Explore this issueThe Rheumatologist: Vol 11 – No 5 – May 2017
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- B—Most employer insurance plans change on Jan. 1. Because of this, it is a best practice for medical office staff to ask if there is any change to a patient’s medical coverage. Even if the patient indicates there are no changes in coverage, staff should still request to review their insurance card. Keep in mind that even if there are no changes in coverage, the patient may have received a new insurance identification card.
- C—Contact the insurance carrier to determine benefit guidelines (e.g., prior authorization request, benefit level). When a patient is beginning a new procedure, a call to the insurance company should be made for verification of benefits and prior authorization requirements. This will prevent delay in reimbursement for the service.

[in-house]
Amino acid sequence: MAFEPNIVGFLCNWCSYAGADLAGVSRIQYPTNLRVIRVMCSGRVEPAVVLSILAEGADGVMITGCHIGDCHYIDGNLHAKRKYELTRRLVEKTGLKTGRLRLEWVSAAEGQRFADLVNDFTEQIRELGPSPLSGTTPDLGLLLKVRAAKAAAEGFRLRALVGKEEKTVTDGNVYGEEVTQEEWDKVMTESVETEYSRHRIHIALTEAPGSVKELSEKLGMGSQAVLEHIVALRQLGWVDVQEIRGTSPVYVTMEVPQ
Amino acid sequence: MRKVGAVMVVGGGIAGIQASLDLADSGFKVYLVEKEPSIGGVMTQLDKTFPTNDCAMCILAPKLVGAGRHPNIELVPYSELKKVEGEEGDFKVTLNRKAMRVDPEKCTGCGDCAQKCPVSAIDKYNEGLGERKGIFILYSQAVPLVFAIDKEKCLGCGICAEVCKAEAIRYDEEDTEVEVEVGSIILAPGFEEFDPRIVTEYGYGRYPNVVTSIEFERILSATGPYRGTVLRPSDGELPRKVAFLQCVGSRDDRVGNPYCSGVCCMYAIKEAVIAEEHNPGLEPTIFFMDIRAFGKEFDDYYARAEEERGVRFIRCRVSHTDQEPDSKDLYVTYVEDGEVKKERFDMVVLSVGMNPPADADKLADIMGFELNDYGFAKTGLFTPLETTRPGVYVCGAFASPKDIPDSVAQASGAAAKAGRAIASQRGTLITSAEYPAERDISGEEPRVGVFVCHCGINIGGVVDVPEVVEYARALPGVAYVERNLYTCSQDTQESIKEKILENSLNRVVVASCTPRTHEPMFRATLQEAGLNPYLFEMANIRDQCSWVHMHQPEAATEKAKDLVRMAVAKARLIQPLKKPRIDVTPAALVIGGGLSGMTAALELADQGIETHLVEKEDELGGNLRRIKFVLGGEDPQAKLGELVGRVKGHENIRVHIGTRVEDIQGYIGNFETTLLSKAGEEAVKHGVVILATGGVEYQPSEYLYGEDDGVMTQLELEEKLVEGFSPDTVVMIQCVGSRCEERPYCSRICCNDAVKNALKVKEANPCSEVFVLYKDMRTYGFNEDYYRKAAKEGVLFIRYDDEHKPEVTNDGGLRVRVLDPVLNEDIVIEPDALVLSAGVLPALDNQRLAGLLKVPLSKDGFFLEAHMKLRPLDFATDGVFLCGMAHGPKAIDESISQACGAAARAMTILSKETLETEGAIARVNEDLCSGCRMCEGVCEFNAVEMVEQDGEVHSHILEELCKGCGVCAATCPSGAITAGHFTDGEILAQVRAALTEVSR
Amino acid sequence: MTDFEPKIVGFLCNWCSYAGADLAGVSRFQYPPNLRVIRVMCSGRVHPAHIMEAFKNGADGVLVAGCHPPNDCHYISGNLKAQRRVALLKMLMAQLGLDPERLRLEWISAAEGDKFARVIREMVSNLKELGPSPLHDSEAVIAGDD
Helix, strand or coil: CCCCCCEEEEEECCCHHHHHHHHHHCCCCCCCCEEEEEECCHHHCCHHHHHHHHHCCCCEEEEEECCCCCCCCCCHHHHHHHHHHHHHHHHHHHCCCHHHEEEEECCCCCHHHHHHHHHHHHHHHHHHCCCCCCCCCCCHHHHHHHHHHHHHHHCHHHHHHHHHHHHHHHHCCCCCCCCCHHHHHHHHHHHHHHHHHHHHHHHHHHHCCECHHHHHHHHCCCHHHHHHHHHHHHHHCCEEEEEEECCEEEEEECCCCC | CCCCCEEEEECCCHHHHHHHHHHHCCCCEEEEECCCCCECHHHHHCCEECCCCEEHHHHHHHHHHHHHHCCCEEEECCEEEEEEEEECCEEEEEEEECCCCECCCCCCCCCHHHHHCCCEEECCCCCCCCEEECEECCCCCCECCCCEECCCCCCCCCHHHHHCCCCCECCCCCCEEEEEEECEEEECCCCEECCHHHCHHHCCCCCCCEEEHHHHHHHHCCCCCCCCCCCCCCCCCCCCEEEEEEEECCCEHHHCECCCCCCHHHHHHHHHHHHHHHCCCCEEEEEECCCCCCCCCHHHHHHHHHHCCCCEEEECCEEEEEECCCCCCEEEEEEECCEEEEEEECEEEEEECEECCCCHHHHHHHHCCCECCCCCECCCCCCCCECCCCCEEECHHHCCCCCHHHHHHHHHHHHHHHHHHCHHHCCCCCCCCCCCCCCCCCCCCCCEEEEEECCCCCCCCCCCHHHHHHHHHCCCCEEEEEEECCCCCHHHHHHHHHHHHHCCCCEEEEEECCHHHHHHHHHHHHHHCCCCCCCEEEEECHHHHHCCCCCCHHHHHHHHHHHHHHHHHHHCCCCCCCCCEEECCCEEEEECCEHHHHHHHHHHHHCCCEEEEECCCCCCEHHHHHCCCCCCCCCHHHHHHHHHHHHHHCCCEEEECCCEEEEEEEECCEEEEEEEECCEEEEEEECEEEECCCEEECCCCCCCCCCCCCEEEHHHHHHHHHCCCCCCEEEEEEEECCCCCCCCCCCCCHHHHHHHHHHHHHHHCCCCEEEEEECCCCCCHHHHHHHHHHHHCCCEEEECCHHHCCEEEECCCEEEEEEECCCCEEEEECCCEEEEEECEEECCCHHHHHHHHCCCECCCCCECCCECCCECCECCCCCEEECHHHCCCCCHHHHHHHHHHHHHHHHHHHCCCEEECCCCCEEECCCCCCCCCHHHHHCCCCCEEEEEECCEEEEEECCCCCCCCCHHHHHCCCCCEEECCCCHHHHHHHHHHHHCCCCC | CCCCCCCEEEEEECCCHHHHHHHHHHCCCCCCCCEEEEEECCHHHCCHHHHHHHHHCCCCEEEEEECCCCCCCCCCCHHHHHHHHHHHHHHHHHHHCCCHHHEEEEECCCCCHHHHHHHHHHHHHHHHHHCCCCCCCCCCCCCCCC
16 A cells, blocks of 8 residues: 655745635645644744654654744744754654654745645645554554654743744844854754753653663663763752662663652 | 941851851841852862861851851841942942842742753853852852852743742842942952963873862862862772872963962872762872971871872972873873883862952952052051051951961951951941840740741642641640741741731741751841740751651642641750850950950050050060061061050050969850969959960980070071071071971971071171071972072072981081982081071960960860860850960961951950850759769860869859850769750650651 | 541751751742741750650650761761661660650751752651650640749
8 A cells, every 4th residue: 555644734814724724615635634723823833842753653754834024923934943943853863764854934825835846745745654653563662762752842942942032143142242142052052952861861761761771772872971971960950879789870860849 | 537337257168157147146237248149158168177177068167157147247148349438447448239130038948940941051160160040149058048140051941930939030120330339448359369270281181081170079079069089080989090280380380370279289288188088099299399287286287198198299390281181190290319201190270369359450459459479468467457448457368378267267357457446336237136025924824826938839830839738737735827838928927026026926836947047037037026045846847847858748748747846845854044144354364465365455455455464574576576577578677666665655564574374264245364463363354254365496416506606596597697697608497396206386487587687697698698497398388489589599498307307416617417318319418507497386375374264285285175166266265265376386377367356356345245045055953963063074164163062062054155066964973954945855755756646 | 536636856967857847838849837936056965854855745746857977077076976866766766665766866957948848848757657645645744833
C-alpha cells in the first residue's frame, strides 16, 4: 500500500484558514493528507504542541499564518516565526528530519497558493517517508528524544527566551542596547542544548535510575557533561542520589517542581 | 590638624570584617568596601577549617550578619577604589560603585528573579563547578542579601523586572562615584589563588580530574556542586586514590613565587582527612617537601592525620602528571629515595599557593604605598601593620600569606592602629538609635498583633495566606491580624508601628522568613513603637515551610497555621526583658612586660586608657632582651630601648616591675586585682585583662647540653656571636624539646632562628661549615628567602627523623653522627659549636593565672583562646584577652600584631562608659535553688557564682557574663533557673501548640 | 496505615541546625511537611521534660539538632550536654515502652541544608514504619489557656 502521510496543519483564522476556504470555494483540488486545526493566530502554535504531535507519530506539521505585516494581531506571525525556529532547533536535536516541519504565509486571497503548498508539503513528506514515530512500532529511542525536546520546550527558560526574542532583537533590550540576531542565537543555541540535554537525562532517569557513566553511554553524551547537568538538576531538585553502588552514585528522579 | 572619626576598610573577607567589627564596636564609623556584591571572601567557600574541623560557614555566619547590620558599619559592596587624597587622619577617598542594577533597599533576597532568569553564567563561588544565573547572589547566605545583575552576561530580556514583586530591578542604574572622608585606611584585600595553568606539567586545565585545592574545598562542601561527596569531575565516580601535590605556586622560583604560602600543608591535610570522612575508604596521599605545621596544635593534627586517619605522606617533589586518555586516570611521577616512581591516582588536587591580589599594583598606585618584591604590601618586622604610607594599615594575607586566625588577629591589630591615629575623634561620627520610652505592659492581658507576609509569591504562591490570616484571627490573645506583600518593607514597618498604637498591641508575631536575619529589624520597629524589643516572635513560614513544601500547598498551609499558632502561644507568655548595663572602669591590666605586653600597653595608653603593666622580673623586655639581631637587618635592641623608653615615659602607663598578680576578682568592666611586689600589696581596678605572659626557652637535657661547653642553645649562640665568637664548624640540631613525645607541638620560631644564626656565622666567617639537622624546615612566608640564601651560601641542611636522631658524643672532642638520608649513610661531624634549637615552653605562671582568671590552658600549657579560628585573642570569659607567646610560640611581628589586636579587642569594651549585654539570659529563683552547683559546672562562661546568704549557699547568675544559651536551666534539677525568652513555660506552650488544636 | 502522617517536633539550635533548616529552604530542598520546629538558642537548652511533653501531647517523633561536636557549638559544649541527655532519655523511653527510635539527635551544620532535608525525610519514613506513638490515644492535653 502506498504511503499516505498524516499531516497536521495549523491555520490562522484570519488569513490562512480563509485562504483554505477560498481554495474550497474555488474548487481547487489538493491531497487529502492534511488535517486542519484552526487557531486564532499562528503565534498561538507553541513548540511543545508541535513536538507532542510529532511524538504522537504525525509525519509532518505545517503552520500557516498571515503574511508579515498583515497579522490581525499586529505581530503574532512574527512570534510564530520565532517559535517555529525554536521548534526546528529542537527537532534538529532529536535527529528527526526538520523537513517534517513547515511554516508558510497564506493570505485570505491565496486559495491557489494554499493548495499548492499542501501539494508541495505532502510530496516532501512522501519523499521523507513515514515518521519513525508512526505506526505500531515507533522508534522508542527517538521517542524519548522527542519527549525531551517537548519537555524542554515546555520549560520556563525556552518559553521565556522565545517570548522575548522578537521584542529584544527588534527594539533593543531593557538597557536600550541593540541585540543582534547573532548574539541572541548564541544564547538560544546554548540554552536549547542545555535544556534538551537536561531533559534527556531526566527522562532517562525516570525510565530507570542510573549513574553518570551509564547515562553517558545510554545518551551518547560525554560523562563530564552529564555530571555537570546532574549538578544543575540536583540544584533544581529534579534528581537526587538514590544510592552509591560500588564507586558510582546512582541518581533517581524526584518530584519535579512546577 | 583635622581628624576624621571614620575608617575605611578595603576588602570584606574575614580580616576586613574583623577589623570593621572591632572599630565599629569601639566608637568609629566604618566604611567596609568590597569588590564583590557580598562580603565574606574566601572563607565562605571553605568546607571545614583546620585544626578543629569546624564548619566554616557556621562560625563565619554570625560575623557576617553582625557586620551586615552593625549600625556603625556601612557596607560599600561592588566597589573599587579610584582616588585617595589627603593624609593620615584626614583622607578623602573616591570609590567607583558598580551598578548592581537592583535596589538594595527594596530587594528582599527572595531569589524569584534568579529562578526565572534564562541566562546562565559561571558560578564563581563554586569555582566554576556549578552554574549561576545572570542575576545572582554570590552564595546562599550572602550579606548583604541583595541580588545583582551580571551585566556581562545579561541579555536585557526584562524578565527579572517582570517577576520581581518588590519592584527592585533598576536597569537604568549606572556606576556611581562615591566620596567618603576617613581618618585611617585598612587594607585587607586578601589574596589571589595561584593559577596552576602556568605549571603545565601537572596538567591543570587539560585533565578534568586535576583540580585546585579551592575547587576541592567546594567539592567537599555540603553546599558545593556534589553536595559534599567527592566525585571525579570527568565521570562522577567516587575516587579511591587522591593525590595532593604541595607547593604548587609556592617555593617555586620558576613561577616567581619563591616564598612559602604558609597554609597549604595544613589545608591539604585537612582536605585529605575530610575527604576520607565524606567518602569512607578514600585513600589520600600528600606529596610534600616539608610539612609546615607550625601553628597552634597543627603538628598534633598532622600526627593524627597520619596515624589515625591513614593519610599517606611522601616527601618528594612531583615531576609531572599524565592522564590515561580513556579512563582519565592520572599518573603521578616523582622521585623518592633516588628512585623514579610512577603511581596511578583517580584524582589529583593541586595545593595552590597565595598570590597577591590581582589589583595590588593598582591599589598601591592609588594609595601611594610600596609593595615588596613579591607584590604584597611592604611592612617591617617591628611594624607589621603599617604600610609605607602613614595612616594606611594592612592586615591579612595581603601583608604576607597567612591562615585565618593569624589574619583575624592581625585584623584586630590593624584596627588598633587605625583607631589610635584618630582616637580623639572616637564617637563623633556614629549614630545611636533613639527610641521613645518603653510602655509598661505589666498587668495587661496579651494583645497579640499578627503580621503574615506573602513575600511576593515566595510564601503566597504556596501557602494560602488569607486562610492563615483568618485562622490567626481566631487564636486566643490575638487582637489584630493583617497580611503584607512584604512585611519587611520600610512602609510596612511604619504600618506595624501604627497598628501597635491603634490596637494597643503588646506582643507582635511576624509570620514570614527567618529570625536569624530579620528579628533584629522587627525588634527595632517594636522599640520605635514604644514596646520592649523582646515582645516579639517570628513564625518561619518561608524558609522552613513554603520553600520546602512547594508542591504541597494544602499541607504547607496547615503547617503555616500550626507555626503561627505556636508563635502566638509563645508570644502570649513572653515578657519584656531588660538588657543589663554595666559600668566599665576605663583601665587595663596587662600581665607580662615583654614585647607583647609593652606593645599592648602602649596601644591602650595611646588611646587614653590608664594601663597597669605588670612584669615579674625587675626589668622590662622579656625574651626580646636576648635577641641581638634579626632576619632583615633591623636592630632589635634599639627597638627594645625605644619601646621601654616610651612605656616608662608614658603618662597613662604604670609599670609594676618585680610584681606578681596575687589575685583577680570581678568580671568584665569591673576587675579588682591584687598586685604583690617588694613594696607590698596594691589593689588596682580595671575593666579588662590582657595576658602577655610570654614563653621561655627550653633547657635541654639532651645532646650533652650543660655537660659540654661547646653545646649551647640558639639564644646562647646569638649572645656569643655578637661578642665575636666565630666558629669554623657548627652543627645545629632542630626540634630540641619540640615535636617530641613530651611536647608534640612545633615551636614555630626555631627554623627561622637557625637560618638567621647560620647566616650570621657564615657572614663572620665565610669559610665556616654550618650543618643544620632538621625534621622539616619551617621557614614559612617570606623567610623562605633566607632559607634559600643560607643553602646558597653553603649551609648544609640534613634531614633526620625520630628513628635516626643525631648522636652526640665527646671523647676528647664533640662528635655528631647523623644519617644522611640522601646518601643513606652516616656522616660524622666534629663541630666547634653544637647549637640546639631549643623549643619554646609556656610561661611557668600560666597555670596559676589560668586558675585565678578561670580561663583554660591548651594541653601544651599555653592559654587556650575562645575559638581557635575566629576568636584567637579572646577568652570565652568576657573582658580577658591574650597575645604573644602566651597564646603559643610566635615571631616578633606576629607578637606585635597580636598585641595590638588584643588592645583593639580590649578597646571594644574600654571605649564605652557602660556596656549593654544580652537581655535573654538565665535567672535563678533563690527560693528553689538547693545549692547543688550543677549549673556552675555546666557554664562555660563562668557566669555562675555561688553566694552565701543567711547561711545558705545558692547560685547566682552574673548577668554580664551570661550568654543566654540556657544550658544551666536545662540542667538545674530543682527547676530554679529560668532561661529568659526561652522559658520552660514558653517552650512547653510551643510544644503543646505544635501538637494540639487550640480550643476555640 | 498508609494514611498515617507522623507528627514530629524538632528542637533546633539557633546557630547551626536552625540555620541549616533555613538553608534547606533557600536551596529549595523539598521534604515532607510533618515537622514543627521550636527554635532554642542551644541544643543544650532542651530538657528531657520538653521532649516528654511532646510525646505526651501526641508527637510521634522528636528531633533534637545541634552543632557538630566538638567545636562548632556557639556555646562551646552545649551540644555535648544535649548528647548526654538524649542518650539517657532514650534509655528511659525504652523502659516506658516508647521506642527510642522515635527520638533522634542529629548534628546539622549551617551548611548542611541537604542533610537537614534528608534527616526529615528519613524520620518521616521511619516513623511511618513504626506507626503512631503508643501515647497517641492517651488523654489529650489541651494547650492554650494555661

- False—It is highly recommended that insurance eligibility be verified prior to the delivery of all treatments. A patient’s insurance coverage may change due to drug formulary changes or policies from the insurance administrator. If eligibility is not verified with the insurance carrier, there is a risk of not receiving reimbursement from the carrier or the patient.
- Yes—Each carrier may have different medical policies for a procedure; therefore, different requirements may apply.
- False—A verification of benefits means the patient is eligible for coverage. This process ensures verification of payable benefits, patient details, copays or coinsurance, and plan exclusions. Verification does not guarantee that a particular service or drug treatment is covered. Prior authorization or prior approval is necessary to acquire reimbursement for most medical procedures and services; this aids in minimizing delayed payments and denials.
For questions or additional information on coding and documentation guidelines, contact Melesia Tillman, CPC-I, CPC, CRHC, CHA, or by phone at 404-633-3777 x820.